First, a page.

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Alleged hacker begins legal battle to retrieve seized computer devices

Alleged hacker Lauri Love has begun a legal battle to try to get his seized computers back  Picture: KIRSTY O'CONNOR/PA WIRE

Alleged hacker Lauri Love has begun a legal battle to try to get his seized computers back Picture: KIRSTY O'CONNOR/PA WIRE

Alleged hacker Lauri Love has begun a legal battle for the return of computers and storage devices seized in 2013.

The Suffolk 34-year-old, from Stradishall near Newmarket, launched the legal bid on Monday.

The hearing at Hendon Magistrates’ Court, in London, began a year after leading judges blocked his extradition to the US on charges of cyber-hacking.

District Judge Margot Coleman said the matter could be heard in public.

But, the judge ordered, only limited details of the hearing can be published.

The National Crime Agency (NCA) said there was an ongoing criminal investigation in the UK.

Mr Love, who has Asperger syndrome, is asking for the NCA to return computers and storage devices that were seized in 2013 following his arrest that October.

Although he was charged in the US, he has not been charged with offences in this country and protests his innocence.

In September 2016, a district judge at Westminster Magistrates’ Court ruled that Mr Love, who has who has British-Finnish nationality, could be extradited.

A High Court appeal later centred on that ruling made by District Judge Nina Tempia.

Lord Chief Justice Lord Burnett and Mr Justice Ouseley announced in February 2018 that: “Mr Love’s extradition would be oppressive by reason of his physical and mental condition”.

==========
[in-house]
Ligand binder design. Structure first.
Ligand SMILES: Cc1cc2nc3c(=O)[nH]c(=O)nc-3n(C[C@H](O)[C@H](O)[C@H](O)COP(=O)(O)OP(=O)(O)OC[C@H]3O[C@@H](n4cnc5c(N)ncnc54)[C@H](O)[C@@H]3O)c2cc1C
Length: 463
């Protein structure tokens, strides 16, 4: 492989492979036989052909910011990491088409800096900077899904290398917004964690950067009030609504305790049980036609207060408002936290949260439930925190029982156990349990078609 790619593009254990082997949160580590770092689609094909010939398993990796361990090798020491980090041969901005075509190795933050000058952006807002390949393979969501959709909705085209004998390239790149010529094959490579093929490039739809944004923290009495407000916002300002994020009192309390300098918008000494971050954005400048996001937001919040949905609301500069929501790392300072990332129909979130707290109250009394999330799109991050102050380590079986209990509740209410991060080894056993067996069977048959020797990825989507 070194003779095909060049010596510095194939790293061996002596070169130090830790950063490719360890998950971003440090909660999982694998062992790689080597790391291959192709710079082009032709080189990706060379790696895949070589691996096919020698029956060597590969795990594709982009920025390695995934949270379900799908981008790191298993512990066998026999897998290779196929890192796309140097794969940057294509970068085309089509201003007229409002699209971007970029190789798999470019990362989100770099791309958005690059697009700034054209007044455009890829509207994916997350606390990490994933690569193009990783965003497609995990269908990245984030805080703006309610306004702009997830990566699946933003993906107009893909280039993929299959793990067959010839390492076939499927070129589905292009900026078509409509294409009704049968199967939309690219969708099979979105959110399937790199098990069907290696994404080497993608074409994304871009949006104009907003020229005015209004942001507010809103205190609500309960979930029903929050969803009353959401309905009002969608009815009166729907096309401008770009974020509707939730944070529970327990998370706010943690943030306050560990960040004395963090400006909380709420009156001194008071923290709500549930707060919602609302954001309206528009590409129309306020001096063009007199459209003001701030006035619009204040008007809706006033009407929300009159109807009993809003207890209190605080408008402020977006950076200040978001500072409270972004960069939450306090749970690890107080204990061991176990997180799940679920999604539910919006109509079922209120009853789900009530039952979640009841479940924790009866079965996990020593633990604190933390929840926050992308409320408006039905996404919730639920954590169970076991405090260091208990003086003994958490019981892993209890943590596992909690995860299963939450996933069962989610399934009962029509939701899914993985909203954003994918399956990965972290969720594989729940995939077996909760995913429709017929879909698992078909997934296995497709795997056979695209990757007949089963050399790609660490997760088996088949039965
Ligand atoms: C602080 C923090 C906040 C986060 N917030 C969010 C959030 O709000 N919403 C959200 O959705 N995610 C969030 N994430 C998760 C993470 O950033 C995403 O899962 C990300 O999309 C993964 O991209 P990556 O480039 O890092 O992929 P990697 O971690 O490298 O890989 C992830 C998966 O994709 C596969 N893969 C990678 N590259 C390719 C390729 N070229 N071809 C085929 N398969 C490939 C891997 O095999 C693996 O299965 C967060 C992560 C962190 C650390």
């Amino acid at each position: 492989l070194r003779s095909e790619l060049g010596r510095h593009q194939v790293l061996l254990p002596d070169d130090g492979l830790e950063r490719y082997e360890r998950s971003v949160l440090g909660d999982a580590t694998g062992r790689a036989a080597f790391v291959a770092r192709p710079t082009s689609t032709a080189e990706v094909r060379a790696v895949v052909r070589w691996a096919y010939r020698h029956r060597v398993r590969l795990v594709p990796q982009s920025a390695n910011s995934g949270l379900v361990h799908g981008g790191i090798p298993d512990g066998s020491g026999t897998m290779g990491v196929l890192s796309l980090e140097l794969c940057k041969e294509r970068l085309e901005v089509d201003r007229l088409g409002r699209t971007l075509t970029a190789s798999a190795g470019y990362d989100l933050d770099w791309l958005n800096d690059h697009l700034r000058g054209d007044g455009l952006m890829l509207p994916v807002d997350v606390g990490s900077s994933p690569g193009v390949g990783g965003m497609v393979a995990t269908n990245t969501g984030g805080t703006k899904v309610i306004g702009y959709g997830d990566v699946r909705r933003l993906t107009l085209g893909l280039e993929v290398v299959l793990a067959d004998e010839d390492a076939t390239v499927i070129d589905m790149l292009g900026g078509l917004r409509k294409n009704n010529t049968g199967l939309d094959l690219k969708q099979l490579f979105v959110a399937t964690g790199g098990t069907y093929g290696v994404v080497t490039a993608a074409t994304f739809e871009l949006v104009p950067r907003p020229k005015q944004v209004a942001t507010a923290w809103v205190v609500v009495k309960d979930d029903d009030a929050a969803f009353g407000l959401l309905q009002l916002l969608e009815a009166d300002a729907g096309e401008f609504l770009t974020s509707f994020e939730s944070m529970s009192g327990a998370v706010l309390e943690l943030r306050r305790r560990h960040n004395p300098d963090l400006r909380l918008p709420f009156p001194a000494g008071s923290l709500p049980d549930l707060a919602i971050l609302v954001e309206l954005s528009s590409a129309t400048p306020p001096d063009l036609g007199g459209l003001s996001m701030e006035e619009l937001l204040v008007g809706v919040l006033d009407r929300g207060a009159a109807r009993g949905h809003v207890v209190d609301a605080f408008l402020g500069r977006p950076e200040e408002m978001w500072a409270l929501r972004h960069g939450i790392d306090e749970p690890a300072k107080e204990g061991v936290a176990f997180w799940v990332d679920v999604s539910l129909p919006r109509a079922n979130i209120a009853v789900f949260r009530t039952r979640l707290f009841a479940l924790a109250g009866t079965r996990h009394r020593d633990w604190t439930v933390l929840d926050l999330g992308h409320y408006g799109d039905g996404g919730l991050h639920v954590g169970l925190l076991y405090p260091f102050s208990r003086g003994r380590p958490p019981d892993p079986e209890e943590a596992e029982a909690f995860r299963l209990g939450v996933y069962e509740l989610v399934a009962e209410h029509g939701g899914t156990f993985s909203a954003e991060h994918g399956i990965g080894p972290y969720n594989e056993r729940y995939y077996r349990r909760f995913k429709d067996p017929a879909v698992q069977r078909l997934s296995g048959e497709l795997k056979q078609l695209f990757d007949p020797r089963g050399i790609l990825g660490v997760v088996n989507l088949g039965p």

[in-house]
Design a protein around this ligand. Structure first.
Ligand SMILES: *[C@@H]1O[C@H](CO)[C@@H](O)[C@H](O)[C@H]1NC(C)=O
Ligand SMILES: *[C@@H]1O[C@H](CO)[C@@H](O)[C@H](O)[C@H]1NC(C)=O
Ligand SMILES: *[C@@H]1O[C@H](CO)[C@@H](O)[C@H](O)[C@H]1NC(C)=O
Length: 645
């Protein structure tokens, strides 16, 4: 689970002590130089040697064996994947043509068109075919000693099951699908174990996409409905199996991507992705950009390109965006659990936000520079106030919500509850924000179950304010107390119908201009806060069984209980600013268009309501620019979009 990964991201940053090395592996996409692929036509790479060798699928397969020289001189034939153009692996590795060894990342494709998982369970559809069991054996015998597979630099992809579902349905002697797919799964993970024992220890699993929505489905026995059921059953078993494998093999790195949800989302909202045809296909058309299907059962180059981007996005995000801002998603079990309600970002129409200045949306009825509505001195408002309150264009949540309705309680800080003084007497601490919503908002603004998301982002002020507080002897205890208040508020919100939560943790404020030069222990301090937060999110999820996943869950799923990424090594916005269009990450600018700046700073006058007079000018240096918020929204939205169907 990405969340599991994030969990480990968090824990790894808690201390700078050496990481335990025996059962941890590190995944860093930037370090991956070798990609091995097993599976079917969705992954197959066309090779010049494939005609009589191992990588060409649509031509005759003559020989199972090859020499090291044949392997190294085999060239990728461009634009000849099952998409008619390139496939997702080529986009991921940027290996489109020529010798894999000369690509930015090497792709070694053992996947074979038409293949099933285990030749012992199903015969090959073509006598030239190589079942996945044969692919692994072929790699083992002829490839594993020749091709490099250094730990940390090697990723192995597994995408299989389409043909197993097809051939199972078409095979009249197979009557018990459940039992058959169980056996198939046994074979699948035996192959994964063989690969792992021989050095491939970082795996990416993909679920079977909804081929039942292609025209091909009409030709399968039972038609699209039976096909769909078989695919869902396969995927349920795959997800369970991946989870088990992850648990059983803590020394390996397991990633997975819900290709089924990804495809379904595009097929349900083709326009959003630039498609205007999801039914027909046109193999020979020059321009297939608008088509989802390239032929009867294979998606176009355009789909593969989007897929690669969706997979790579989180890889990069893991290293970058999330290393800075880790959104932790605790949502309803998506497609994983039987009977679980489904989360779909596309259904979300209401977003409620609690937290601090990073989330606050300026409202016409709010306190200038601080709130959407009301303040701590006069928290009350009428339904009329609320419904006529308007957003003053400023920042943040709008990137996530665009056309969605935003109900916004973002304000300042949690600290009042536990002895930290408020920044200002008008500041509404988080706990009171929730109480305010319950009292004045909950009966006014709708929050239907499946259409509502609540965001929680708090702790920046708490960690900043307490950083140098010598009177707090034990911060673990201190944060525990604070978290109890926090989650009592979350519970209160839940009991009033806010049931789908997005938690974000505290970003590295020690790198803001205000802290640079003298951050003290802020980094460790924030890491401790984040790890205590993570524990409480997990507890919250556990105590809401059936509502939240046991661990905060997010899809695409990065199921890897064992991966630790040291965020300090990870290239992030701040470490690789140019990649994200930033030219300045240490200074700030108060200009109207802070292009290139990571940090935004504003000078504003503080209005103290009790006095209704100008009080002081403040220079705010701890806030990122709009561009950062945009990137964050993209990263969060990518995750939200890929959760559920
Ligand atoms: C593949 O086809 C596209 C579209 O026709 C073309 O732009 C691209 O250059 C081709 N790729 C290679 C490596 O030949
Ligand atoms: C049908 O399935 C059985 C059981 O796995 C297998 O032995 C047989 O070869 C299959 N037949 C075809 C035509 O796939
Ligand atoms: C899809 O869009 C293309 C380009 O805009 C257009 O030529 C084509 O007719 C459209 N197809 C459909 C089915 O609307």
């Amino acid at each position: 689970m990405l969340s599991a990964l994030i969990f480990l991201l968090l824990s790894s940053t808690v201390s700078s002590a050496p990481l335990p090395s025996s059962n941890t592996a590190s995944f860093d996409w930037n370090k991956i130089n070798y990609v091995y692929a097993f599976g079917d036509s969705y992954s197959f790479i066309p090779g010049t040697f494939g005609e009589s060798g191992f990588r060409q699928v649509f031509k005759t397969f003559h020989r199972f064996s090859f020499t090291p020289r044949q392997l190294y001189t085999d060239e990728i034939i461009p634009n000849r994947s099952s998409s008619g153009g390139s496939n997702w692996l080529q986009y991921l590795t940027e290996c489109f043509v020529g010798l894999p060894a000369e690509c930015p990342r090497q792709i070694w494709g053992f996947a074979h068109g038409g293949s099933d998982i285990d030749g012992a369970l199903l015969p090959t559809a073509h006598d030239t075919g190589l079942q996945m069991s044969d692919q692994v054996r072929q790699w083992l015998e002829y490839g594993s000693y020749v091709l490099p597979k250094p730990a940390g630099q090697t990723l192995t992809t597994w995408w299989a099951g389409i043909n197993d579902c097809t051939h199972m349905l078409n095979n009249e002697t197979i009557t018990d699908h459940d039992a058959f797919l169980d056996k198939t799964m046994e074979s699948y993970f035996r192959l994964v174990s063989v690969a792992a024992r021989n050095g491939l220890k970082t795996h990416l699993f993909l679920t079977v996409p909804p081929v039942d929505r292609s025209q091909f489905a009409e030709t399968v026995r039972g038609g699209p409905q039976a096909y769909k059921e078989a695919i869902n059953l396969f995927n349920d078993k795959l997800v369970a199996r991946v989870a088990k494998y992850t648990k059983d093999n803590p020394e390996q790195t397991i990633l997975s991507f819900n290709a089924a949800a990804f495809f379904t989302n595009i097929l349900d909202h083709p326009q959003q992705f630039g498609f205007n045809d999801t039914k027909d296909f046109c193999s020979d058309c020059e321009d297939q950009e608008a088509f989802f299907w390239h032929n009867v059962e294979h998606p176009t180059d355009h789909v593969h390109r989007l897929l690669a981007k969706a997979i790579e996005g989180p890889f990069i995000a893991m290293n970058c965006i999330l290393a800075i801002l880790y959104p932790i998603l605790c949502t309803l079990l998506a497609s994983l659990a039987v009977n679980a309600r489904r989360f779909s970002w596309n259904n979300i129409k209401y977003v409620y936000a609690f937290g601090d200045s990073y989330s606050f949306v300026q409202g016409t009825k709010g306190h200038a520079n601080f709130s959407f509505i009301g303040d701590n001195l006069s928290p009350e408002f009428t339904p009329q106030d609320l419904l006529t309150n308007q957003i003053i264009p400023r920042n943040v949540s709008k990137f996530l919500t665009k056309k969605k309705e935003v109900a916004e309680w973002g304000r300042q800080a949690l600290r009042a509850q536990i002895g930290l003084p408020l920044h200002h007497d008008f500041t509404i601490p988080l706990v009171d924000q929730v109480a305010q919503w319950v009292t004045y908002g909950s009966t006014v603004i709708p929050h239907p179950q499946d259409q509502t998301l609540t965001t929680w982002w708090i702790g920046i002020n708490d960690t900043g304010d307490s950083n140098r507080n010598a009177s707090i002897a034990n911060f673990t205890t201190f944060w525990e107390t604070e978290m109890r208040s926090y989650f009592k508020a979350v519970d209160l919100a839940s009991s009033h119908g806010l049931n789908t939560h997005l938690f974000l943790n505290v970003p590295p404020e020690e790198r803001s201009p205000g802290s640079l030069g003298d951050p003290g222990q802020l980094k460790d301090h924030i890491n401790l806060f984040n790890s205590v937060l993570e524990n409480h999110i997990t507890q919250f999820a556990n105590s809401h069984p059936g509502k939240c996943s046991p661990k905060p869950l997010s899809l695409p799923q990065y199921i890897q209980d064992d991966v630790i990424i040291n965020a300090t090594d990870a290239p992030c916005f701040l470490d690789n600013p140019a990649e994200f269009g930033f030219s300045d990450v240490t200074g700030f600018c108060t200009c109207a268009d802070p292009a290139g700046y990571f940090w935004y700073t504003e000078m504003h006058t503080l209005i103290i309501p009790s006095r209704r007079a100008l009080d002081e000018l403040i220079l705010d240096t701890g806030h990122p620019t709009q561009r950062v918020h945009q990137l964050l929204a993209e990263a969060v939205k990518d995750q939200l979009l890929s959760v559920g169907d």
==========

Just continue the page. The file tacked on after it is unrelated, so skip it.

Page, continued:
Blocking the extradition, the two judges said: “We emphasise, however, that it would not be oppressive to prosecute Mr Love in England for the offences alleged against him. Far from it.”

Authorities in America have been fighting for Mr Love to face trial on charges of cyber-hacking, which lawyers said could have meant a sentence of up to 99 years in prison if found guilty.

Mr Love, who also suffers from a depressive illness and severe eczema, is alleged to have stolen huge amounts of data from US agencies, including the Federal Reserve, the US army, the defence department, the National Aeronautics and Space Administration (NASA) and the FBI in a spate of online attacks in 2012 and 2013.

He currently lives with his parents in Stradishall and is studying engineering at the University of Suffolk.

The judge said she will deliver her ruling at Westminster Magistrates’ Court on February 19.

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